The author Janet Evanovich calls it the “Senior Buffet”. Other folks call them the “sample ladies.” I bet you know what I’m talking about. The folks who offer food samples at the big box stores. Just wander the aisles of the store while shopping and graze along the way.I have noted that most of the time, the foods being sampled are the higher in calories, more processed and easy to prepare items.
It’s easy to eat eight to ten samples during one lap of the store. These sample ladies (and men) are very popular. Samples are gobbled up by almost everyone. Have you ever calculated how much food you’re eating on one of these shopping trips? Or more specifically, have you looked at the sodium counts of the foods?
Since my husband has been on a healthier diet due to his heart disease he has really been watching the nutrition labels more closely. One of the things he’s specifically checking out is the sodium content of the food. I was proud of him last week when I heard him say “no, thank you” to several of the sample ladies. The discussion in the car on the way home was interesting. He asked me “did you know how much sodium was that French onion soup they were sampling”. SMILE
Yes, I did notice. One cup of soup had about 800 milligrams of sodium. They were offering generous samples, I’m guessing they were ¼ cup each. If you’re counting that’s 200 milligrams. Add to that:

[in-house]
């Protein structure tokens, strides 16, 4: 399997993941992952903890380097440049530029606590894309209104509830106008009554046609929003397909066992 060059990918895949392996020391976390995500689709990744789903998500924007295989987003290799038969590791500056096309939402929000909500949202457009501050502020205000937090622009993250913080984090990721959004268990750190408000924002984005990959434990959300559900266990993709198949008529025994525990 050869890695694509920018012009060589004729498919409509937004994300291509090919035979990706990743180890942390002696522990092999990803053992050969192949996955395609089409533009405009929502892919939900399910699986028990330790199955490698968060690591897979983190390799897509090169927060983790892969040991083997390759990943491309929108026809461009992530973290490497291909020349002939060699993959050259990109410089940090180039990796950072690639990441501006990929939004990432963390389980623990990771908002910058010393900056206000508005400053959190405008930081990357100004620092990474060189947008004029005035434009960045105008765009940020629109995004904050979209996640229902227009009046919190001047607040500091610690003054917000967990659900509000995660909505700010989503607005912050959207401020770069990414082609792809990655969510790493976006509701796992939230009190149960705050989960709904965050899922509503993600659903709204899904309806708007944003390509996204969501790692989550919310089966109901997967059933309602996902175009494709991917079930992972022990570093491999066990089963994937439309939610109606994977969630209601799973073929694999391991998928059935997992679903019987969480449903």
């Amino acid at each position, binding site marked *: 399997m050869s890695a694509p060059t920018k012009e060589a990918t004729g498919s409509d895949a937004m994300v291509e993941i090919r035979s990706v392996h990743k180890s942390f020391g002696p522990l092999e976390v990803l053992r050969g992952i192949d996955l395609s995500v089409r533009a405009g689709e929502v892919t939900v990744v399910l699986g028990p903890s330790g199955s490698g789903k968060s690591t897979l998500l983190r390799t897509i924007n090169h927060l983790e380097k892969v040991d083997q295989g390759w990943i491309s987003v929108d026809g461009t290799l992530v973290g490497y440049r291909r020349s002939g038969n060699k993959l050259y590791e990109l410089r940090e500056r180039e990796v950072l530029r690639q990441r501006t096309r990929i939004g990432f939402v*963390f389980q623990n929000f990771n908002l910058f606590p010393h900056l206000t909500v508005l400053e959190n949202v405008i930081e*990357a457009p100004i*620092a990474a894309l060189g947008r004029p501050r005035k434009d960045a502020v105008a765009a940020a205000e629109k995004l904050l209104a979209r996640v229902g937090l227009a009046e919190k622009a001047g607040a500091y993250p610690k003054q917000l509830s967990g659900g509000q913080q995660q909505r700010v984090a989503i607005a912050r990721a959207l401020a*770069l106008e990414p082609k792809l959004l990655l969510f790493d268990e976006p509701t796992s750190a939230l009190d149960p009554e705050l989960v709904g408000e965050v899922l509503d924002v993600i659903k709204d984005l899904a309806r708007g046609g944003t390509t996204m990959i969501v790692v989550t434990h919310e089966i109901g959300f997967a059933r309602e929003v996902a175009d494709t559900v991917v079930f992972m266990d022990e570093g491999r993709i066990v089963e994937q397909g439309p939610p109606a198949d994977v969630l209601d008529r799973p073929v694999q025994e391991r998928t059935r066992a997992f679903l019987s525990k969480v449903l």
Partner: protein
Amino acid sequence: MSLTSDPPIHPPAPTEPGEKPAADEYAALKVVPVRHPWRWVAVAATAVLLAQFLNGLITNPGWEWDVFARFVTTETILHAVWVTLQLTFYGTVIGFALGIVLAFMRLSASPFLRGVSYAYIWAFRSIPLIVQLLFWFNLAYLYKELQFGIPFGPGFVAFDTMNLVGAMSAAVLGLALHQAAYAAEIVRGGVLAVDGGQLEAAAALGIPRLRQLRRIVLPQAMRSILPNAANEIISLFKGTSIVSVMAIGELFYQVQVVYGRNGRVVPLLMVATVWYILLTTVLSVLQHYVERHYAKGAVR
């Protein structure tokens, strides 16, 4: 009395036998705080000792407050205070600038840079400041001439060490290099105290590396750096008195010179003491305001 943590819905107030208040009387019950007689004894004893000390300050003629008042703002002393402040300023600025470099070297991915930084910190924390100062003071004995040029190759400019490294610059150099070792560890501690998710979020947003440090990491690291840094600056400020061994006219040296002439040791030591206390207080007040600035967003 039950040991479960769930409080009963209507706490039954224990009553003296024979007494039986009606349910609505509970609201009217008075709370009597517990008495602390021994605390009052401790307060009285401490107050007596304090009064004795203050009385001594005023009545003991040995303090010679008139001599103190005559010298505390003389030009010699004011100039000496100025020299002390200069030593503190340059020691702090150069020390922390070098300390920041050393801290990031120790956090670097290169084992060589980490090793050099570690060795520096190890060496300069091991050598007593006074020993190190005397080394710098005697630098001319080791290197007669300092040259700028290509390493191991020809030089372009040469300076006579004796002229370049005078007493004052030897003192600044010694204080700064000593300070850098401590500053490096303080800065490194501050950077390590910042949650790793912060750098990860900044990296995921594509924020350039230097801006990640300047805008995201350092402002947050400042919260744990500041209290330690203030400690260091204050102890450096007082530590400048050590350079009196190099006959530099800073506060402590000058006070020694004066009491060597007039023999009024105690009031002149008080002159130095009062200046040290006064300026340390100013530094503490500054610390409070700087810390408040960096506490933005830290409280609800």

- 178 mg in a barbecued chicken wing
- 172 mg from a 1-ounce sample of frozen pizza
- 58 mg in an 1-ounce serving of prepared chicken Alfredo
- 75 mg in a ¼ ounce sample of Romano cheese on a whole grain cracker
I admit those little bits don’t really seem like much. But if you add them up the total was 683 milligrams of sodium. And that’s just a few of the items they were sampling that day. If I asked someone what they had to eat throughout the day, they would probably not mention the “senior buffet.” This is sometimes called distracted eating—people eat because it’s there and then don’t even realize they’ve done it.
If you finished off your visit to the store in the food court with one of their inexpensive hot dogs (1750 mg) and a fountain diet soda (76 mg in 16 ounces) your whole shopping trip could have you consuming a whopping 2509 mg of sodium.
How much sodium should a person have in a day? The 2010 Dietary Guidelines say that younger, healthy people without high risk for hypertension should reduce sodium to less than 2300 mg. It is recommended that some folks keep the sodium to less than 1500 mg/day. This is a fairly large group of people (including my husband and my self). You fit into this lower group if:
- you are over 51 years old, or
- you have high blood pressure or hypertension, or
- you have diabetes, or who have ever been told you are diabetic, or
- you have chronic kidney disease, or
- if you are African American.
How can you thwart this sodium overload?
- Avoid shopping during sample hours—it’s usually mid-day (10 a.m. to 4 p.m.)
- Avoid shopping when you’re really hungry.
- Read the nutrition label before you bite or buy.
- Set a limit for yourself in numbers of samples you’ll eat before you enter the store.
- Avoid purchasing prepared and processed foods.
What do we do? Now, I’m not saying we’re perfect on this, it’s hard. These foods are tempting, most of the time they taste great and make food preparation easy. It’s just another hurdle we’re trying to jump over. But I think we’re getting there, one shopping trip at a time.
By Cheryle Jones Syracuse, MS
Professor Emeritus, The Ohio State University
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